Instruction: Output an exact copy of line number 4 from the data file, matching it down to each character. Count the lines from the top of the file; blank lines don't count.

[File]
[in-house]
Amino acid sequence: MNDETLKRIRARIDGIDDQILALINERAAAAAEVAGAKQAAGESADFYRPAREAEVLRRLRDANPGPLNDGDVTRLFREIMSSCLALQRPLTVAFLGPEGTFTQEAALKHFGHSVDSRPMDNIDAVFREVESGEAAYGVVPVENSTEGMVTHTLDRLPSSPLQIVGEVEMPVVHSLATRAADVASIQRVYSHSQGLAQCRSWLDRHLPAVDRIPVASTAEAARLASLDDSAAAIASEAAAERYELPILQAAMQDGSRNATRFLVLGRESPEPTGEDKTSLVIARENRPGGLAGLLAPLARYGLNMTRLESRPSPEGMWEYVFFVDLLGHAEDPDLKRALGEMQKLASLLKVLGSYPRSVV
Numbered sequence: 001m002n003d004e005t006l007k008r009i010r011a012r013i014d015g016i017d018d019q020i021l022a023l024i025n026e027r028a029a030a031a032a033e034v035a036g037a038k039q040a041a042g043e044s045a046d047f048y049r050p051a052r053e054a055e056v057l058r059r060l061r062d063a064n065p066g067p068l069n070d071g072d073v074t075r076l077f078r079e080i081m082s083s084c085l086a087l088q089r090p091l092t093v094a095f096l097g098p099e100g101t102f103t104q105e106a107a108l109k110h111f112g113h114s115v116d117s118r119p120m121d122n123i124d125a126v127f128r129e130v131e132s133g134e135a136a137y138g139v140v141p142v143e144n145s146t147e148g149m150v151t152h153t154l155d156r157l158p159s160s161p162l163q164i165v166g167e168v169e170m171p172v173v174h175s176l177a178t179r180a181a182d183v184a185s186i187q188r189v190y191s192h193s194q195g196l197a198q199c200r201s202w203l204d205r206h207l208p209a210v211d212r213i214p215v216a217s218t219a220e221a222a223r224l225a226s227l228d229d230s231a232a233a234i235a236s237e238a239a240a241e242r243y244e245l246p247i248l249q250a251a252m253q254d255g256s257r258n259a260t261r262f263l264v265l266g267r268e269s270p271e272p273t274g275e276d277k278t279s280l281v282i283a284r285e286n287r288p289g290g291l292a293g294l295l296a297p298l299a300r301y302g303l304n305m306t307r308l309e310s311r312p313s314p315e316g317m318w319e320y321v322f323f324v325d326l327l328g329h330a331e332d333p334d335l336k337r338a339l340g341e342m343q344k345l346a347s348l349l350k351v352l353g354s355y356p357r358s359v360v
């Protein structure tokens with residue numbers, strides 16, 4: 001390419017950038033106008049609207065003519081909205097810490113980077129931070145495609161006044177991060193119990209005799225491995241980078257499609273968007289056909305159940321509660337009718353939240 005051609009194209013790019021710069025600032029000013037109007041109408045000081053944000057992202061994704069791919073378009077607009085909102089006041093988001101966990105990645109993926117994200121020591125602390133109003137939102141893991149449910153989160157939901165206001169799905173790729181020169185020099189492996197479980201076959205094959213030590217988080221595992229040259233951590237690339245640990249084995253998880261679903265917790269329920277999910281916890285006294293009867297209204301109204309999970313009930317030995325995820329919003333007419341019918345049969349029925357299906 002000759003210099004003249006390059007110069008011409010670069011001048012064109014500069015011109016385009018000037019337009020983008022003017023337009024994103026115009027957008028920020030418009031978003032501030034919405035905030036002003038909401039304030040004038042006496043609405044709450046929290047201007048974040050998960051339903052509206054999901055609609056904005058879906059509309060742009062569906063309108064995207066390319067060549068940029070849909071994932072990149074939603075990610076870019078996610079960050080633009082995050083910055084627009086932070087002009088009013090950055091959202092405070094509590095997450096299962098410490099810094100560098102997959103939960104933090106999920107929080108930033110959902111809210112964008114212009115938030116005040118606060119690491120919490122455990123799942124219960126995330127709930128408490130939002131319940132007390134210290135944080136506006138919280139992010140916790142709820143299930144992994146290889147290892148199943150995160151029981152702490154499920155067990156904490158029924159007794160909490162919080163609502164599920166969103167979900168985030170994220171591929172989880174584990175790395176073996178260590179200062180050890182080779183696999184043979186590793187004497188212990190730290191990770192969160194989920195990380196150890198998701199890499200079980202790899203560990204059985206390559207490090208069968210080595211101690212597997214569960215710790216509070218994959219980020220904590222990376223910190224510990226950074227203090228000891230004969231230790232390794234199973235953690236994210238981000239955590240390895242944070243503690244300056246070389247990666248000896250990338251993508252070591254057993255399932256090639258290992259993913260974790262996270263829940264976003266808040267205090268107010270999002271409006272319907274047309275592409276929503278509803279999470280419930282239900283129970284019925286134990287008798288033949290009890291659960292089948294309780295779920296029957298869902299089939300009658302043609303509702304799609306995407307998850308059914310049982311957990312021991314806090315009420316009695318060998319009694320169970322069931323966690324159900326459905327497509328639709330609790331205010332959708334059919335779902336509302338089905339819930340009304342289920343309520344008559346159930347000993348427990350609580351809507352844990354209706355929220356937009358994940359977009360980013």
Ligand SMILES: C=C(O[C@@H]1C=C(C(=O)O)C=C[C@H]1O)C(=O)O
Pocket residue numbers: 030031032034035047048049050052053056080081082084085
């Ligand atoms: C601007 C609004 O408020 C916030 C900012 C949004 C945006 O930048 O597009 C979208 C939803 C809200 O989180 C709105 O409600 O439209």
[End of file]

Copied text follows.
């Protein structure tokens with residue numbers, strides 16, 4: 001390419017950038033106008049609207065003519081909205097810490113980077129931070145495609161006044177991060193119990209005799225491995241980078257499609273968007289056909305159940321509660337009718353939240 005051609009194209013790019021710069025600032029000013037109007041109408045000081053944000057992202061994704069791919073378009077607009085909102089006041093988001101966990105990645109993926117994200121020591125602390133109003137939102141893991149449910153989160157939901165206001169799905173790729181020169185020099189492996197479980201076959205094959213030590217988080221595992229040259233951590237690339245640990249084995253998880261679903265917790269329920277999910281916890285006294293009867297209204301109204309999970313009930317030995325995820329919003333007419341019918345049969349029925357299906 002000759003210099004003249006390059007110069008011409010670069011001048012064109014500069015011109016385009018000037019337009020983008022003017023337009024994103026115009027957008028920020030418009031978003032501030034919405035905030036002003038909401039304030040004038042006496043609405044709450046929290047201007048974040050998960051339903052509206054999901055609609056904005058879906059509309060742009062569906063309108064995207066390319067060549068940029070849909071994932072990149074939603075990610076870019078996610079960050080633009082995050083910055084627009086932070087002009088009013090950055091959202092405070094509590095997450096299962098410490099810094100560098102997959103939960104933090106999920107929080108930033110959902111809210112964008114212009115938030116005040118606060119690491120919490122455990123799942124219960126995330127709930128408490130939002131319940132007390134210290135944080136506006138919280139992010140916790142709820143299930144992994146290889147290892148199943150995160151029981152702490154499920155067990156904490158029924159007794160909490162919080163609502164599920166969103167979900168985030170994220171591929172989880174584990175790395176073996178260590179200062180050890182080779183696999184043979186590793187004497188212990190730290191990770192969160194989920195990380196150890198998701199890499200079980202790899203560990204059985206390559207490090208069968210080595211101690212597997214569960215710790216509070218994959219980020220904590222990376223910190224510990226950074227203090228000891230004969231230790232390794234199973235953690236994210238981000239955590240390895242944070243503690244300056246070389247990666248000896250990338251993508252070591254057993255399932256090639258290992259993913260974790262996270263829940264976003266808040267205090268107010270999002271409006272319907274047309275592409276929503278509803279999470280419930282239900283129970284019925286134990287008798288033949290009890291659960292089948294309780295779920296029957298869902299089939300009658302043609303509702304799609306995407307998850308059914310049982311957990312021991314806090315009420316009695318060998319009694320169970322069931323966690324159900326459905327497509328639709330609790331205010332959708334059919335779902336509302338089905339819930340009304342289920343309520344008559346159930347000993348427990350609580351809507352844990354209706355929220356937009358994940359977009360980013």